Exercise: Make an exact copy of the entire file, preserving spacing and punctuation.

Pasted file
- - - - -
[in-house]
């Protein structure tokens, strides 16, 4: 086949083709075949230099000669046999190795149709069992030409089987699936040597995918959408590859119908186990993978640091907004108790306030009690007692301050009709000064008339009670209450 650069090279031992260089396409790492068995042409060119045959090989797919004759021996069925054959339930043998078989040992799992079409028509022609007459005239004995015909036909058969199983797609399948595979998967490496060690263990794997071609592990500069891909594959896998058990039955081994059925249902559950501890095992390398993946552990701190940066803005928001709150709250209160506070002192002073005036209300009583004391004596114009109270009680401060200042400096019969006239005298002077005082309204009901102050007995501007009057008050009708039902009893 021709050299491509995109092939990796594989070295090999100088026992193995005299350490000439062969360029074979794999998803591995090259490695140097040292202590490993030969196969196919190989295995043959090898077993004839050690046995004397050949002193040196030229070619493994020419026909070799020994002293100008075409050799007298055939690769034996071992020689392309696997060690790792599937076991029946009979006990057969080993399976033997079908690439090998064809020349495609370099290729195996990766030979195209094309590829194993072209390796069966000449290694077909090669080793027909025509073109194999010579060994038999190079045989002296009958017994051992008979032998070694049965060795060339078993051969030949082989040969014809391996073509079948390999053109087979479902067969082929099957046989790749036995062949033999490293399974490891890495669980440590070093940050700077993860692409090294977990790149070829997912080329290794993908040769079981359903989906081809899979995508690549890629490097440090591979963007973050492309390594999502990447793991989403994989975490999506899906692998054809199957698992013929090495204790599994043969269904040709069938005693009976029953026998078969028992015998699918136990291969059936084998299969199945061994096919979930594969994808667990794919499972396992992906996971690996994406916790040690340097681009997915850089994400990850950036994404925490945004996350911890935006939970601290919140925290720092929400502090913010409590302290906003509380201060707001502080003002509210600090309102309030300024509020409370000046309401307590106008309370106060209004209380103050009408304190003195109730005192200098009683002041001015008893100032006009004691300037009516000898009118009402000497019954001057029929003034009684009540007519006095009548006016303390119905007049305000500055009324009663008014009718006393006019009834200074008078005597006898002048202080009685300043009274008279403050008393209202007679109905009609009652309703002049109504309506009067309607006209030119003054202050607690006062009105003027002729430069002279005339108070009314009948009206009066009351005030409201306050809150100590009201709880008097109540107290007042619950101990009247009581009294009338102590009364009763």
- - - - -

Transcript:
[in-house]
């Protein structure tokens, strides 16, 4: 086949083709075949230099000669046999190795149709069992030409089987699936040597995918959408590859119908186990993978640091907004108790306030009690007692301050009709000064008339009670209450 650069090279031992260089396409790492068995042409060119045959090989797919004759021996069925054959339930043998078989040992799992079409028509022609007459005239004995015909036909058969199983797609399948595979998967490496060690263990794997071609592990500069891909594959896998058990039955081994059925249902559950501890095992390398993946552990701190940066803005928001709150709250209160506070002192002073005036209300009583004391004596114009109270009680401060200042400096019969006239005298002077005082309204009901102050007995501007009057008050009708039902009893 021709050299491509995109092939990796594989070295090999100088026992193995005299350490000439062969360029074979794999998803591995090259490695140097040292202590490993030969196969196919190989295995043959090898077993004839050690046995004397050949002193040196030229070619493994020419026909070799020994002293100008075409050799007298055939690769034996071992020689392309696997060690790792599937076991029946009979006990057969080993399976033997079908690439090998064809020349495609370099290729195996990766030979195209094309590829194993072209390796069966000449290694077909090669080793027909025509073109194999010579060994038999190079045989002296009958017994051992008979032998070694049965060795060339078993051969030949082989040969014809391996073509079948390999053109087979479902067969082929099957046989790749036995062949033999490293399974490891890495669980440590070093940050700077993860692409090294977990790149070829997912080329290794993908040769079981359903989906081809899979995508690549890629490097440090591979963007973050492309390594999502990447793991989403994989975490999506899906692998054809199957698992013929090495204790599994043969269904040709069938005693009976029953026998078969028992015998699918136990291969059936084998299969199945061994096919979930594969994808667990794919499972396992992906996971690996994406916790040690340097681009997915850089994400990850950036994404925490945004996350911890935006939970601290919140925290720092929400502090913010409590302290906003509380201060707001502080003002509210600090309102309030300024509020409370000046309401307590106008309370106060209004209380103050009408304190003195109730005192200098009683002041001015008893100032006009004691300037009516000898009118009402000497019954001057029929003034009684009540007519006095009548006016303390119905007049305000500055009324009663008014009718006393006019009834200074008078005597006898002048202080009685300043009274008279403050008393209202007679109905009609009652309703002049109504309506009067309607006209030119003054202050607690006062009105003027002729430069002279005339108070009314009948009206009066009351005030409201306050809150100590009201709880008097109540107290007042619950101990009247009581009294009338102590009364009763």